For Help With Medical Bills, Cut a Deal With the Doctor

Patients can negotiate prices just as insurers do.

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Getting a diagnosis isn't the only nerve-racking aspect of a medical visit. The bill you're handed can be even scarier, especially when you lack health insurance or face an intimidating deductible or copay. But just as big employers and insurance companies negotiate prices down as a matter of course, individuals can bargain with doctors and hospitals, too, says Erin Moaratty, chief of external communications at the nonprofit Patient Advocate Foundation.

Ideally, the time to make your case for a discount is before you go in for a procedure. Call the medical facility and ask for the projected fees; if you have insurance, contact the company next to find out how much it will pay. Then talk over your situation with the billing department, requesting a break. You might win as much as 50 percent off full price if you offer to pay quickly by cash or check, says Cindy Holtzman, a medical billing advocate in Marietta, Ga., who's part of a growing industry of professionals dedicated to aiding patients with billing disputes. Providers accustomed to accepting less than they'd like from insurers often realize that getting payment without hassle or delay is preferable to waiting for the full amount or having to hire a collection agency.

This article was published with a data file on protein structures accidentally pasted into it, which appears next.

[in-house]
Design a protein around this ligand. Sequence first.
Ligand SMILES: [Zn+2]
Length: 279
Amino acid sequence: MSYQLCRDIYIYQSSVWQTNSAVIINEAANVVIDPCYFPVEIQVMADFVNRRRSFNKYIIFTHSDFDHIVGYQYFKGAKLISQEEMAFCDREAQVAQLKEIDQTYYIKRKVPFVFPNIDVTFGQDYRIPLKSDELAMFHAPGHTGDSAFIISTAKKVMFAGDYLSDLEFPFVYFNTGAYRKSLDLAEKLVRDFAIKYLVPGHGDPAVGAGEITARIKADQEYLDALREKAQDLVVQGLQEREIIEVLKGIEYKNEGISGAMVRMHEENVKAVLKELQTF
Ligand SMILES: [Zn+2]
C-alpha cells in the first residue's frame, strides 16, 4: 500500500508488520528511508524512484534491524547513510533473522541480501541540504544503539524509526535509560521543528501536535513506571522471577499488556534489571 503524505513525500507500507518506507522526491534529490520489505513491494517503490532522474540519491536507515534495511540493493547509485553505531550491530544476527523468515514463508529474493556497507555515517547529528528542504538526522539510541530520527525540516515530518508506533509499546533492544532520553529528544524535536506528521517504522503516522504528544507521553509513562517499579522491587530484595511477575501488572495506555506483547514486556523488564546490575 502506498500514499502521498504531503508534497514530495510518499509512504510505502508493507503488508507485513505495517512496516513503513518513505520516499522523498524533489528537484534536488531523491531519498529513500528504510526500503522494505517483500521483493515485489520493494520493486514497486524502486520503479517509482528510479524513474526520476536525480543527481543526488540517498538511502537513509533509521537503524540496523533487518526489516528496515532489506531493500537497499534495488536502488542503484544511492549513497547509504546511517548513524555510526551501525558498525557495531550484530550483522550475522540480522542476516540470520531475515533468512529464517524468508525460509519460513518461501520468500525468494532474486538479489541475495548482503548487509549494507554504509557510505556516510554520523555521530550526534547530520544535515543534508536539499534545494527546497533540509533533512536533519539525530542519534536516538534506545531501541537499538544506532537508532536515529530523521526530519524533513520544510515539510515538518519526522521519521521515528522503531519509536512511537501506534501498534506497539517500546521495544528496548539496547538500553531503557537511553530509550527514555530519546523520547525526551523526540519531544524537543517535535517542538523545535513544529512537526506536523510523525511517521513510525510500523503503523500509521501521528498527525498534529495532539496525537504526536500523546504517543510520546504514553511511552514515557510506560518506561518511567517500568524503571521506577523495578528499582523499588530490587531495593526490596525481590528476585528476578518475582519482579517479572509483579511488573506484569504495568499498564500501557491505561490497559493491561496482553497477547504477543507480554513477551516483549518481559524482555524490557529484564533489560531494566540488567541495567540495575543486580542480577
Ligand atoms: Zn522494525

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If you can't pay even a discounted amount promptly, you'll likely still be able to get a good deal if you promise regular payments of an agreed-upon size, Holtzman says. Patients with severe financial problems (especially those brought on by illness) may find their physician is compassionate enough to accept the insurer's portion as full payment. And uninsured low-income individuals who make too much to qualify for Medicaid may be eligible for free or reduced charity care.

The most effective way to get the billing department to trim its fees is to request, rather than demand, assistance. "People are always more likely to lend a hand when you acknowledge them as fellow human beings, rather than as bureaucrats," advises Michelle Katz, author of Healthcare for Less. Once you hammer out a payment plan, ask for your revised balance in writing.

You'll also want to scrutinize all bills for errors. Katz's husband was once billed $11,000 for a three-hour ER visit because the hospital had recorded him as having checked in the day before. The corrected total was thousands of dollars less. Holtzman recalls one hospital charging nearly $1,000 for alcohol swabs and cups for medications. Those items, at least, come with the room.

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